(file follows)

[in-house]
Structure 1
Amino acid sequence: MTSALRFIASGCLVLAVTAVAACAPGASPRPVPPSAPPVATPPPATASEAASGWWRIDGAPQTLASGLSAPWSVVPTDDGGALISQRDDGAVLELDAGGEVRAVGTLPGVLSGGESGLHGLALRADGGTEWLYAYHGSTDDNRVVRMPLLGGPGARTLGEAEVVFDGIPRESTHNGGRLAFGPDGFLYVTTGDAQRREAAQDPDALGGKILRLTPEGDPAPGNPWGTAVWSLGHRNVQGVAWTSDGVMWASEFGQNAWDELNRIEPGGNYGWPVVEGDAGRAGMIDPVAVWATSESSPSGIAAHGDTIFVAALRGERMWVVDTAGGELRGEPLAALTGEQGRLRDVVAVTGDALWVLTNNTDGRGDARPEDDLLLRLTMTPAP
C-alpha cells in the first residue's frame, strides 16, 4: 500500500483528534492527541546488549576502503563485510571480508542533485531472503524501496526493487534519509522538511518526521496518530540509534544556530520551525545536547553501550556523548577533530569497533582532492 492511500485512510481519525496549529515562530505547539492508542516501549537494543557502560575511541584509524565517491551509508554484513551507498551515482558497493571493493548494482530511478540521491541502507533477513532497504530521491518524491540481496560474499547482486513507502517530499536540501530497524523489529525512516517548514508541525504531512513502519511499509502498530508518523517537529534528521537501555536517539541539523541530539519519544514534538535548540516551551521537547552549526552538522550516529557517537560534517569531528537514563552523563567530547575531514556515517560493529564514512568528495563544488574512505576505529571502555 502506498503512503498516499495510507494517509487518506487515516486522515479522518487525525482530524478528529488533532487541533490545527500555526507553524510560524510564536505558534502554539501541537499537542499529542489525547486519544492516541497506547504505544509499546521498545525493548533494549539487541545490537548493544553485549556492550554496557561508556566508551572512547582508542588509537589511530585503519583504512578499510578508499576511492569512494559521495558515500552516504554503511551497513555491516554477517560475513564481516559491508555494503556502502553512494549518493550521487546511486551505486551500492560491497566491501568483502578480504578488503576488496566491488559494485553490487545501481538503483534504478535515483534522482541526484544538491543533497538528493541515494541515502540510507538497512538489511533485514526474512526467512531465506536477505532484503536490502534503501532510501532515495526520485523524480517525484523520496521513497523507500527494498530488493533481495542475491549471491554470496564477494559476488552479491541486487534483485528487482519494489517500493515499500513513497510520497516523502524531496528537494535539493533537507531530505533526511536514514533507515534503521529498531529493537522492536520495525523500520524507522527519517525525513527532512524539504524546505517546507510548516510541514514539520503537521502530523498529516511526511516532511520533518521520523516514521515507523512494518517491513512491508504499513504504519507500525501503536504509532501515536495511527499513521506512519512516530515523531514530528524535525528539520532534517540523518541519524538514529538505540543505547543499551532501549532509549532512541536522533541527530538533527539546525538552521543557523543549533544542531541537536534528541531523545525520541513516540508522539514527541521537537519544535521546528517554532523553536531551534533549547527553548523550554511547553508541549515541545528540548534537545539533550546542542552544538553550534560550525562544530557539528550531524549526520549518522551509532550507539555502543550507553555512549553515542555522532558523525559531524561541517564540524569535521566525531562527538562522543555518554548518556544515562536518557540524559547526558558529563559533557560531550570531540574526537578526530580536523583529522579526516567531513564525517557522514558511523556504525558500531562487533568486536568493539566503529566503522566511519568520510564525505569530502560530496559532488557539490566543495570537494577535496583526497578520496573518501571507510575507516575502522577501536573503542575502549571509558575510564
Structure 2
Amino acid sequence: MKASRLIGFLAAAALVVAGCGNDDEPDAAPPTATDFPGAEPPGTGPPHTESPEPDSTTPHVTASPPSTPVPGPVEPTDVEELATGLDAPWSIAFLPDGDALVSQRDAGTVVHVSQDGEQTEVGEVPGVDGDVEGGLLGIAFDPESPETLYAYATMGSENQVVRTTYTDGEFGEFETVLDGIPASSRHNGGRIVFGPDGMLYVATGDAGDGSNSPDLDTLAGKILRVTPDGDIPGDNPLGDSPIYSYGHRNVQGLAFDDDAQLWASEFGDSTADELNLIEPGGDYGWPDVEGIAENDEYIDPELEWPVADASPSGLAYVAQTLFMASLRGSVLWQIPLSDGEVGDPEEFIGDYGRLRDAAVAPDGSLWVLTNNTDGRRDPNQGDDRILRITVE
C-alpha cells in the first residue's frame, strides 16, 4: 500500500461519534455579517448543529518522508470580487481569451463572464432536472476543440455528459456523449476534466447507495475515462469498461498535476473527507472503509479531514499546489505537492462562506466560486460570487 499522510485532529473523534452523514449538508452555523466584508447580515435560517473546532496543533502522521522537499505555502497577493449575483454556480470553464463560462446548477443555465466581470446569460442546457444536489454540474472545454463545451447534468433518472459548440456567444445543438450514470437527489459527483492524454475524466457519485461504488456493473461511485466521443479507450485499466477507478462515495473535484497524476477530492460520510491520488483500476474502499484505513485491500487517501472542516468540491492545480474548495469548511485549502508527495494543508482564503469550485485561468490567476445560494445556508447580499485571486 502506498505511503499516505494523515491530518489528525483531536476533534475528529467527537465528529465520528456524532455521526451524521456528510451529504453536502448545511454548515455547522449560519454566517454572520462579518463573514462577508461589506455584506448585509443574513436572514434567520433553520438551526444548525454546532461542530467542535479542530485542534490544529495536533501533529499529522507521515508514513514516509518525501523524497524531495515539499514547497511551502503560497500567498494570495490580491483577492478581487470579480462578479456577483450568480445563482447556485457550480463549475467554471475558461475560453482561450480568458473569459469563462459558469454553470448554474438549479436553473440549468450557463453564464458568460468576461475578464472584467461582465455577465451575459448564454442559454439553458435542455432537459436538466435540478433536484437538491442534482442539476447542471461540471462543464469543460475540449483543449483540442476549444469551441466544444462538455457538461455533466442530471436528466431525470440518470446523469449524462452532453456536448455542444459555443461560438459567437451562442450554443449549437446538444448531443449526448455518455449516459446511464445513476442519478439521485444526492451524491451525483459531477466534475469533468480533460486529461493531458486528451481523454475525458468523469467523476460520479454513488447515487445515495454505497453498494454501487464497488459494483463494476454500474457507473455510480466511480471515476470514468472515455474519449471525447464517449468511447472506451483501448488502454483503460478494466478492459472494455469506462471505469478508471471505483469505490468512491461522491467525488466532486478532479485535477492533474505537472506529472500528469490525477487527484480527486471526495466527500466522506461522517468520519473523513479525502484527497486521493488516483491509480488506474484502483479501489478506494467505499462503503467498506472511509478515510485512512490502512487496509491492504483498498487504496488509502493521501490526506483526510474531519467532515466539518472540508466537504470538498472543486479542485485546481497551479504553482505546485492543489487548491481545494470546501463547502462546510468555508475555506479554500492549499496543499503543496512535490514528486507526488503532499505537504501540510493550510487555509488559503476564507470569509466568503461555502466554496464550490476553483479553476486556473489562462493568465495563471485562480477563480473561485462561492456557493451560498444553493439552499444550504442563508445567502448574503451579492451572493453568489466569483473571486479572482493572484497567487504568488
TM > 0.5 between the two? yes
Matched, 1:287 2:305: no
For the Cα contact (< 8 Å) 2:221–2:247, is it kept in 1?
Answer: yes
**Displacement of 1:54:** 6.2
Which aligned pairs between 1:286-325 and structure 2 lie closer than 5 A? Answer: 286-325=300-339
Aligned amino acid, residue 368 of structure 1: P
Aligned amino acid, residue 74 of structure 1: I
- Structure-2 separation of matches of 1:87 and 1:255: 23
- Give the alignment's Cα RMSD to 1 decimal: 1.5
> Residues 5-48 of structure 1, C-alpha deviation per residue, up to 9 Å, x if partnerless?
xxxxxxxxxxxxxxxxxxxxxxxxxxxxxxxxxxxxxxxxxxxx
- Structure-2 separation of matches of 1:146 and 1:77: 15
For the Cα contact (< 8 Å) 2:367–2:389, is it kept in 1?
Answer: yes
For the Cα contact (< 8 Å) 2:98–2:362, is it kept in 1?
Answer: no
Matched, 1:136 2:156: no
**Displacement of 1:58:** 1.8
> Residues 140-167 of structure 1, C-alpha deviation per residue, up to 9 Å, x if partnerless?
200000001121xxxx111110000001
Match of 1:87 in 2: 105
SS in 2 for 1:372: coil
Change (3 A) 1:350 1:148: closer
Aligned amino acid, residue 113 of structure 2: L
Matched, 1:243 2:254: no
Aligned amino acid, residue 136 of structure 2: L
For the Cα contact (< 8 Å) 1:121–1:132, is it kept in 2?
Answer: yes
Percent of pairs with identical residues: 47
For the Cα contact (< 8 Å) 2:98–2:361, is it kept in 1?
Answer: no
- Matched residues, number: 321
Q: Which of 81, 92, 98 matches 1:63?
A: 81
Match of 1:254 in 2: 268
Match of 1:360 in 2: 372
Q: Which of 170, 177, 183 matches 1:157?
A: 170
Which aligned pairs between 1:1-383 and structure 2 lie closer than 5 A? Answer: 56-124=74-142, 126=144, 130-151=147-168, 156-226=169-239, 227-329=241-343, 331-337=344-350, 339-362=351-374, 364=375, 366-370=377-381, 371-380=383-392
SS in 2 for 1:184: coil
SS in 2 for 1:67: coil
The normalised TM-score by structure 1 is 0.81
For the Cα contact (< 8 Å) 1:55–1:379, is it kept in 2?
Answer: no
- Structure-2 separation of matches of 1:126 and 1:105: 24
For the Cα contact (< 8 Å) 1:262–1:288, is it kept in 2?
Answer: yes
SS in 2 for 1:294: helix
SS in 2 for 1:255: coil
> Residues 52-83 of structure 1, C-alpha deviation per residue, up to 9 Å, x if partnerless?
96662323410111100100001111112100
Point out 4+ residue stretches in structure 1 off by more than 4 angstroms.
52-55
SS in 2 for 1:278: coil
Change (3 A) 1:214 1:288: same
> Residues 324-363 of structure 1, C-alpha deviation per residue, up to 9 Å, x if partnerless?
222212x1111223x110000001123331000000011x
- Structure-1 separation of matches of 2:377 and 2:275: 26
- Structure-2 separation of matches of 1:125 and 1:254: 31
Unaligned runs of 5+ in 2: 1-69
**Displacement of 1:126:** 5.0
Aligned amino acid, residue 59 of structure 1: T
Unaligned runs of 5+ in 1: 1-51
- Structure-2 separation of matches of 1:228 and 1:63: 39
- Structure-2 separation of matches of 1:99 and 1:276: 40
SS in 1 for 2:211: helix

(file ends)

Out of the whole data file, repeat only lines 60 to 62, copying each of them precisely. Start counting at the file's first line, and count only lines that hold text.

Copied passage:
Point out 4+ residue stretches in structure 1 off by more than 4 angstroms.
52-55
SS in 2 for 1:278: coil